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Blog Advanced Insights

Building a Magnetic Employer Brand

Magnetic Employer BrandEvery company has HR challenges, but the way we handle them could be vastly different.  As part of our Thought Leadership series, we recently hosted “Building a Magnetic Employer Brand,” a panel discussion on how companies are attracting – and retaining – top talent.  Our impressive panel of human resources professionals from the national, regional, and nonprofit levels shared their insights on how to make opportunities out of challenges on the path to building a magnetic employer brand.


Our panelists:

Joni Duncan – Chief Human Resources Officer, Ann & Robert H. Lurie Children’s Hospital of Chicago

Maureen Reim – Director of Talent Acquisition, Walgreens

Jen Sommesi – Senior Talent Acquisition Manager, CDW

Lisa Wright, MSIR, SPHR – Senior HR Consultant, Nonprofit HR


Attracting Top Talent

Challenge: Brand Awareness

Being in a big city like Chicago, it’s easy to assume that everyone knows who your company is and what it does, especially large companies. However, this is not always the case. So, if you’re a local organization, like Lurie’s Children’s Hospital or CDW, how do you attract national talent?

Nationwide, not many people are seeking out regional companies. Thus, one solution (or strategy) is to work aggressively to recruit passive talent and spend more time selling the organization.  Work with marketing to create collateral like brochures and video that help you sell the company.

Work to make sure you have positive messaging on job review sites like Glassdoor, which brings up the next challenge:

Challenge: Negative company reviews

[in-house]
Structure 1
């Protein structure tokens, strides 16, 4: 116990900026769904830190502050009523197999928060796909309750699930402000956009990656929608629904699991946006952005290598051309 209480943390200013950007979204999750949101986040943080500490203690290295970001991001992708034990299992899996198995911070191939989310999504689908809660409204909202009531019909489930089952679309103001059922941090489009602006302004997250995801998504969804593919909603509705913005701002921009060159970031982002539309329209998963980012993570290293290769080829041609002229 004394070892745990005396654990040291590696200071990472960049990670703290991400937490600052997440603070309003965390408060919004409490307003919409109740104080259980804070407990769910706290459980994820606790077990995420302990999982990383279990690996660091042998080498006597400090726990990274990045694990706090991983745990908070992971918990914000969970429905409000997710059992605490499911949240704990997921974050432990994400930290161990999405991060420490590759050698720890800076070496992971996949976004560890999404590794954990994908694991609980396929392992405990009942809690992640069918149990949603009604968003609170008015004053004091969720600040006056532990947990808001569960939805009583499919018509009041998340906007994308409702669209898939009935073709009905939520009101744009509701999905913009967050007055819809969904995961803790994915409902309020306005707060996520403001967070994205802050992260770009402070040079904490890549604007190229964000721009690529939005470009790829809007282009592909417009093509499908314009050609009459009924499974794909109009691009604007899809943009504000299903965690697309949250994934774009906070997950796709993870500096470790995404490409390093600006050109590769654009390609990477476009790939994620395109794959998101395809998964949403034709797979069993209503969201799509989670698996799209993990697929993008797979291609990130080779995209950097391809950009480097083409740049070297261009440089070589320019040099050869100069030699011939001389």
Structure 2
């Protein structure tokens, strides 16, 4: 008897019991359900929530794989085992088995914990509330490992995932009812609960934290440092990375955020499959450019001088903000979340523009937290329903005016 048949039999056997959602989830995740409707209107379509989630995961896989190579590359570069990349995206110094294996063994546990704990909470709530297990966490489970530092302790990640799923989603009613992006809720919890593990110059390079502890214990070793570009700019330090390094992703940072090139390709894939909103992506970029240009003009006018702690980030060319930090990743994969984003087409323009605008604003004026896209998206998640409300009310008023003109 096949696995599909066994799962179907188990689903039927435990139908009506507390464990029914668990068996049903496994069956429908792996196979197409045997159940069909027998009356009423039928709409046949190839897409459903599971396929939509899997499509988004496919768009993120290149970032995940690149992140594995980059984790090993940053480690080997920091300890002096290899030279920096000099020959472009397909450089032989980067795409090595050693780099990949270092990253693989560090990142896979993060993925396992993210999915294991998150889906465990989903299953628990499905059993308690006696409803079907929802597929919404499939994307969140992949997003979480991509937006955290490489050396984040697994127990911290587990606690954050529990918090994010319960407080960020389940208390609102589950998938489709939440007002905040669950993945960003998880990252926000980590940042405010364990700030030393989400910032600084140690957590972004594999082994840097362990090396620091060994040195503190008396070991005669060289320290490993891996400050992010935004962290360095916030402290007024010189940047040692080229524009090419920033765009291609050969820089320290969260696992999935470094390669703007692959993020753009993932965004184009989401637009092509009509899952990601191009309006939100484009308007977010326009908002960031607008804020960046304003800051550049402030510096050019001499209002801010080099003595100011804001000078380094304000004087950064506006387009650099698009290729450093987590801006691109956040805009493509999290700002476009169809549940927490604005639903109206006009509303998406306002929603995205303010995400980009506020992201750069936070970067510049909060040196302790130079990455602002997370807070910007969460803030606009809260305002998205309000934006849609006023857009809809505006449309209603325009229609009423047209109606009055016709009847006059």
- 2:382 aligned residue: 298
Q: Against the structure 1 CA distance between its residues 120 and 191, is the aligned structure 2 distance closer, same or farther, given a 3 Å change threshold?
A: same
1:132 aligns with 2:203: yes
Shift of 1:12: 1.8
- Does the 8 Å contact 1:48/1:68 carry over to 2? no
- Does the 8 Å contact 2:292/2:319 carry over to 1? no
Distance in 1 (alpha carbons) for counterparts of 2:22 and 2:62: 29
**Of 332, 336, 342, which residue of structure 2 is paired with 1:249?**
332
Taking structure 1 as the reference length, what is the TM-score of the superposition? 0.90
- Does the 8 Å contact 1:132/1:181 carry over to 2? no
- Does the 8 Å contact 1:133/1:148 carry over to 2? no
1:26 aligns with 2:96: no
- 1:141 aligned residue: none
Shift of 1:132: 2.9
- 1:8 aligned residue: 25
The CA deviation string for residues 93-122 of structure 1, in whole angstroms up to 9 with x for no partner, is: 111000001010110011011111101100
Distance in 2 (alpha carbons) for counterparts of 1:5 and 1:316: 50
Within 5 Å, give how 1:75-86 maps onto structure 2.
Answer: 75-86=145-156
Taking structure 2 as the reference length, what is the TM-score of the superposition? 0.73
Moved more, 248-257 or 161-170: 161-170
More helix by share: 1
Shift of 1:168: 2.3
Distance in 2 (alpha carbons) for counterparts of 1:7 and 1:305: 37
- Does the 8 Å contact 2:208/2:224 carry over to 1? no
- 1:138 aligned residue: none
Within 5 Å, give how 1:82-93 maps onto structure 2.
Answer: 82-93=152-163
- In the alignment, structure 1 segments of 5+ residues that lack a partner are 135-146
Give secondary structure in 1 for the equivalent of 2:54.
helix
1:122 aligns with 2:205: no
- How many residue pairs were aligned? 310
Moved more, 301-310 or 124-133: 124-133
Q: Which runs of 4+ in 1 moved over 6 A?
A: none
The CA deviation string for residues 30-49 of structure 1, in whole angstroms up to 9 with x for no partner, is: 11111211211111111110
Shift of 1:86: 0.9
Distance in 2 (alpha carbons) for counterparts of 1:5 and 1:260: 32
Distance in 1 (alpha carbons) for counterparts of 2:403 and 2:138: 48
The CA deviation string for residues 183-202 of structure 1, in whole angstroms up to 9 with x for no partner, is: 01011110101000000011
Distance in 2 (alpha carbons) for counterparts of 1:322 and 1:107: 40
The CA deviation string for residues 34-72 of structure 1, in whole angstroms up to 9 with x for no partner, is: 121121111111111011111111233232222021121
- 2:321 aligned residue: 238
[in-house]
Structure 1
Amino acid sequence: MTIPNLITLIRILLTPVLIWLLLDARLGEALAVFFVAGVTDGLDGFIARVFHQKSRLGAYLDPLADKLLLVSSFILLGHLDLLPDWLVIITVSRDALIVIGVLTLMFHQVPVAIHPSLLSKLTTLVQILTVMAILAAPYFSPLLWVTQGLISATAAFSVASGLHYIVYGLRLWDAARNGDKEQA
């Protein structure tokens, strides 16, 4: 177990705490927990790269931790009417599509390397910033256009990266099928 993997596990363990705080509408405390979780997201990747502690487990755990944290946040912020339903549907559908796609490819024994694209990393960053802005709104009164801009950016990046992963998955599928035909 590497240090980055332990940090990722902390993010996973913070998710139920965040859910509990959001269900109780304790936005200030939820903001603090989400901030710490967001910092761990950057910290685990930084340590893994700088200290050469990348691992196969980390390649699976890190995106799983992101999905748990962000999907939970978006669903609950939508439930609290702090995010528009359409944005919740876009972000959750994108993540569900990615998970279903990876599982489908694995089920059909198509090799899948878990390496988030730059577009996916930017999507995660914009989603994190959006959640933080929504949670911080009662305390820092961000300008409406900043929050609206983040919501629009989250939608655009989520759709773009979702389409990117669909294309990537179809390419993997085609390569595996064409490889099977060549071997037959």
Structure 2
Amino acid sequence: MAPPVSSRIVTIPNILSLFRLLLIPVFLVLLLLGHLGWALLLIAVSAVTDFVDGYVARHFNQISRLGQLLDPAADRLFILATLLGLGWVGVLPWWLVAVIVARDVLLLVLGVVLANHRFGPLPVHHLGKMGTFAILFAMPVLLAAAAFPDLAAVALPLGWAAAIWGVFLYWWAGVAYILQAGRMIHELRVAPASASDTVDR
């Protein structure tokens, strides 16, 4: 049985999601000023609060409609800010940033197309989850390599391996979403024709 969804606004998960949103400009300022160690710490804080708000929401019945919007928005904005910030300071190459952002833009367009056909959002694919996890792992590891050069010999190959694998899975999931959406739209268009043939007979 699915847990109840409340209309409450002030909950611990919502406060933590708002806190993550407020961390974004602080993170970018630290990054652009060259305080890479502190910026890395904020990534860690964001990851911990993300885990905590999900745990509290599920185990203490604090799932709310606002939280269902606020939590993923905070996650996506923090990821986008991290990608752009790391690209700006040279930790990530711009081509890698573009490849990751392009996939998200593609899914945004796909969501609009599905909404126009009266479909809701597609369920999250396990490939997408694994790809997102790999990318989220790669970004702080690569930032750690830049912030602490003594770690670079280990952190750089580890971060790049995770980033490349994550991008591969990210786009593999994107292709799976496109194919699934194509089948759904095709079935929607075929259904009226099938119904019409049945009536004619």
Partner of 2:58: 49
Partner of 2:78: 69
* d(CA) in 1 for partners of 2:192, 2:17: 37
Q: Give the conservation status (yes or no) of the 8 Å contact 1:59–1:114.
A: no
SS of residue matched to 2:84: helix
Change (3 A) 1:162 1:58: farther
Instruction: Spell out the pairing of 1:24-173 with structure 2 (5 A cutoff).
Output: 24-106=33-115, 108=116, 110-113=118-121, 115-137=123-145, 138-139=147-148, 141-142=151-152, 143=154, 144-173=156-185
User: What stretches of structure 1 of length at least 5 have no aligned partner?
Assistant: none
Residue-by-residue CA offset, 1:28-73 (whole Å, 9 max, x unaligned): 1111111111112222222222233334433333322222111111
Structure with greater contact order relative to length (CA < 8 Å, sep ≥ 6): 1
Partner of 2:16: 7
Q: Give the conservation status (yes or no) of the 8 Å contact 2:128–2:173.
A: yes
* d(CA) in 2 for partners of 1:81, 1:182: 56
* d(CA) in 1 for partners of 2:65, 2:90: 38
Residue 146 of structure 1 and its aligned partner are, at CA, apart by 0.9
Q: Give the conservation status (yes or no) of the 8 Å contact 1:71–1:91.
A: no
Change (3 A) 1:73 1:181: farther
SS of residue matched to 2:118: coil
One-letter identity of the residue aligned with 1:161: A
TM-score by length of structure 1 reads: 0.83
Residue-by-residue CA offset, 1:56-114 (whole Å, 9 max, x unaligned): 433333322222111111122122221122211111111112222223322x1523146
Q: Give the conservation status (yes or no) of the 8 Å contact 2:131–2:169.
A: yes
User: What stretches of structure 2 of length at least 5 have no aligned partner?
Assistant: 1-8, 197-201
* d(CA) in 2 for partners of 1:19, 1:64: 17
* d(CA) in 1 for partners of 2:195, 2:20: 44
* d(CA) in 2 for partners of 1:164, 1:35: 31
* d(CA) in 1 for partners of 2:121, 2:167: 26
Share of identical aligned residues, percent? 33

Company reviews are crucial in attracting talent. Job seekers will surely do a Google search for your company to find out anything and everything before applying for – or accepting – a job.

To combat negative reviews, make sure your team is monitoring sites like Glassdoor. Not only will you spot negative reviews, but you can use this information to improve your candidate experience. Take comments seriously and review each one.

Being active on social media is another way to combat negative reviews. Use social media as a tool to build your positive messaging. Share messages on your company pages and groups, and encourage your employees to share your posts to help circulate your message.

These are things you can control. However, some things are beyond your power. Unfortunately, you can’t control things like the sticker shock that candidates have to evaluate when moving to a big city.

Challenge: Resources

Whether you’re a big company, a small one, or a nonprofit, resources can be hard to come by. Budget is one of the biggest obstacles in creating an ideal talent acquisition strategy. How can you build an employer brand with a limited budget? Use your internal employees. Build relationships with people already on the front lines. Ask them how they like working at the company. Get some testimonials on video. Nowadays, you don’t have to spend a large chunk on video; you can use your smartphone to record short ones. Videos are great way to tell your brand’s story.

Challenge: High turnover and low job offer acceptance rate

When you have high turnover rate and low job offer acceptance rates, you may want to dissect the interview process to see where improvements can be made. The interview is an integral part in getting a quality hire. Are the hiring managers asking the right questions? How are the hiring managers behaving in the interviews? Do they know how to sell the company?